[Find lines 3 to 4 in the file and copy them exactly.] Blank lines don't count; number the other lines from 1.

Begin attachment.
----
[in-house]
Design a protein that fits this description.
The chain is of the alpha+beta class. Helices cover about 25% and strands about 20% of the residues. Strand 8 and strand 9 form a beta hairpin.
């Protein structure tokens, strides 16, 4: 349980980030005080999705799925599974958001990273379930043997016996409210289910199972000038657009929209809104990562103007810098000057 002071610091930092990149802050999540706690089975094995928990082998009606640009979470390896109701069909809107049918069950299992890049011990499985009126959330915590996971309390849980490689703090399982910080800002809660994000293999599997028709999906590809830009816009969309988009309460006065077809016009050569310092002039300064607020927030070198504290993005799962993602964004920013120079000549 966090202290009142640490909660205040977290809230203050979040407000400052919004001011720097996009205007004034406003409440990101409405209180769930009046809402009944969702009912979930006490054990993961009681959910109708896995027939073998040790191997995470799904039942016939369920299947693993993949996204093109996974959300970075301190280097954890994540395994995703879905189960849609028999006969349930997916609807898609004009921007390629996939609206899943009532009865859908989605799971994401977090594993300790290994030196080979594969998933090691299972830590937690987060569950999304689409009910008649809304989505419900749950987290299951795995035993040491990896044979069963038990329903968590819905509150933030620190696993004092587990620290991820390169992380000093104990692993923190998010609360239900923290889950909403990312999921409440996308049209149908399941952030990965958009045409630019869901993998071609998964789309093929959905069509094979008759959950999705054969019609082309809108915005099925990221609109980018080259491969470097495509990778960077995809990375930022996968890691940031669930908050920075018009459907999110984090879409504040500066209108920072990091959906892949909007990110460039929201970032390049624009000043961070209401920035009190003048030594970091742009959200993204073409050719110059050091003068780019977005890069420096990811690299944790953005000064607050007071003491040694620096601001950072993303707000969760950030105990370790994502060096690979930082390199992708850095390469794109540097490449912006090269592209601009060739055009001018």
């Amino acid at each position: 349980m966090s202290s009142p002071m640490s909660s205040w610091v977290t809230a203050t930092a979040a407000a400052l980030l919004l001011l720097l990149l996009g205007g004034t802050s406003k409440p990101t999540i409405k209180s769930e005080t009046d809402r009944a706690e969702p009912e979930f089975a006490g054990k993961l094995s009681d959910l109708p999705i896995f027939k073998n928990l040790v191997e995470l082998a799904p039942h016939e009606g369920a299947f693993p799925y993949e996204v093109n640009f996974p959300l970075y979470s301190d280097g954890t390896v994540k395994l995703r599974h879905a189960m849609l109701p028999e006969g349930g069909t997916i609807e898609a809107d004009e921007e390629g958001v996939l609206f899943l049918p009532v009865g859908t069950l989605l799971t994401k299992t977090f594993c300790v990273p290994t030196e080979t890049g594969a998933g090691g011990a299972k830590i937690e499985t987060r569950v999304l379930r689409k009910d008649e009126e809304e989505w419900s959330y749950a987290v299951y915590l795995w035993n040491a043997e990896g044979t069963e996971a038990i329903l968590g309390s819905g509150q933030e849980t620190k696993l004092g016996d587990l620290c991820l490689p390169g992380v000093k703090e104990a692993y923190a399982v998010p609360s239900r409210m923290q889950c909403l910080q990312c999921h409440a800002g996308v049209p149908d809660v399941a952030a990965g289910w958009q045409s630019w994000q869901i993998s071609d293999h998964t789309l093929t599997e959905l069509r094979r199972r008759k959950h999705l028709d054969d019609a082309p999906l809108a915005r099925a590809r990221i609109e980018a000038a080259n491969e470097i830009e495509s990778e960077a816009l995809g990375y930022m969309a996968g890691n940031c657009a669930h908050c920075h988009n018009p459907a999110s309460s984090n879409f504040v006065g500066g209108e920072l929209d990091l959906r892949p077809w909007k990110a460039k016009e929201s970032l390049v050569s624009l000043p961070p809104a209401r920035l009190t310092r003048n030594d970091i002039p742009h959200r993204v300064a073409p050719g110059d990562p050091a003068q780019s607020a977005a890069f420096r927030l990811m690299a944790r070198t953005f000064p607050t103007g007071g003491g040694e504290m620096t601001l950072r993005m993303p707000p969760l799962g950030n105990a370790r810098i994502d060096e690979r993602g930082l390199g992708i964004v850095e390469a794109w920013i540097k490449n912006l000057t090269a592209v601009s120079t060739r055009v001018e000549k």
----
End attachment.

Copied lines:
The chain is of the alpha+beta class. Helices cover about 25% and strands about 20% of the residues. Strand 8 and strand 9 form a beta hairpin.
């Protein structure tokens, strides 16, 4: 349980980030005080999705799925599974958001990273379930043997016996409210289910199972000038657009929209809104990562103007810098000057 002071610091930092990149802050999540706690089975094995928990082998009606640009979470390896109701069909809107049918069950299992890049011990499985009126959330915590996971309390849980490689703090399982910080800002809660994000293999599997028709999906590809830009816009969309988009309460006065077809016009050569310092002039300064607020927030070198504290993005799962993602964004920013120079000549 966090202290009142640490909660205040977290809230203050979040407000400052919004001011720097996009205007004034406003409440990101409405209180769930009046809402009944969702009912979930006490054990993961009681959910109708896995027939073998040790191997995470799904039942016939369920299947693993993949996204093109996974959300970075301190280097954890994540395994995703879905189960849609028999006969349930997916609807898609004009921007390629996939609206899943009532009865859908989605799971994401977090594993300790290994030196080979594969998933090691299972830590937690987060569950999304689409009910008649809304989505419900749950987290299951795995035993040491990896044979069963038990329903968590819905509150933030620190696993004092587990620290991820390169992380000093104990692993923190998010609360239900923290889950909403990312999921409440996308049209149908399941952030990965958009045409630019869901993998071609998964789309093929959905069509094979008759959950999705054969019609082309809108915005099925990221609109980018080259491969470097495509990778960077995809990375930022996968890691940031669930908050920075018009459907999110984090879409504040500066209108920072990091959906892949909007990110460039929201970032390049624009000043961070209401920035009190003048030594970091742009959200993204073409050719110059050091003068780019977005890069420096990811690299944790953005000064607050007071003491040694620096601001950072993303707000969760950030105990370790994502060096690979930082390199992708850095390469794109540097490449912006090269592209601009060739055009001018």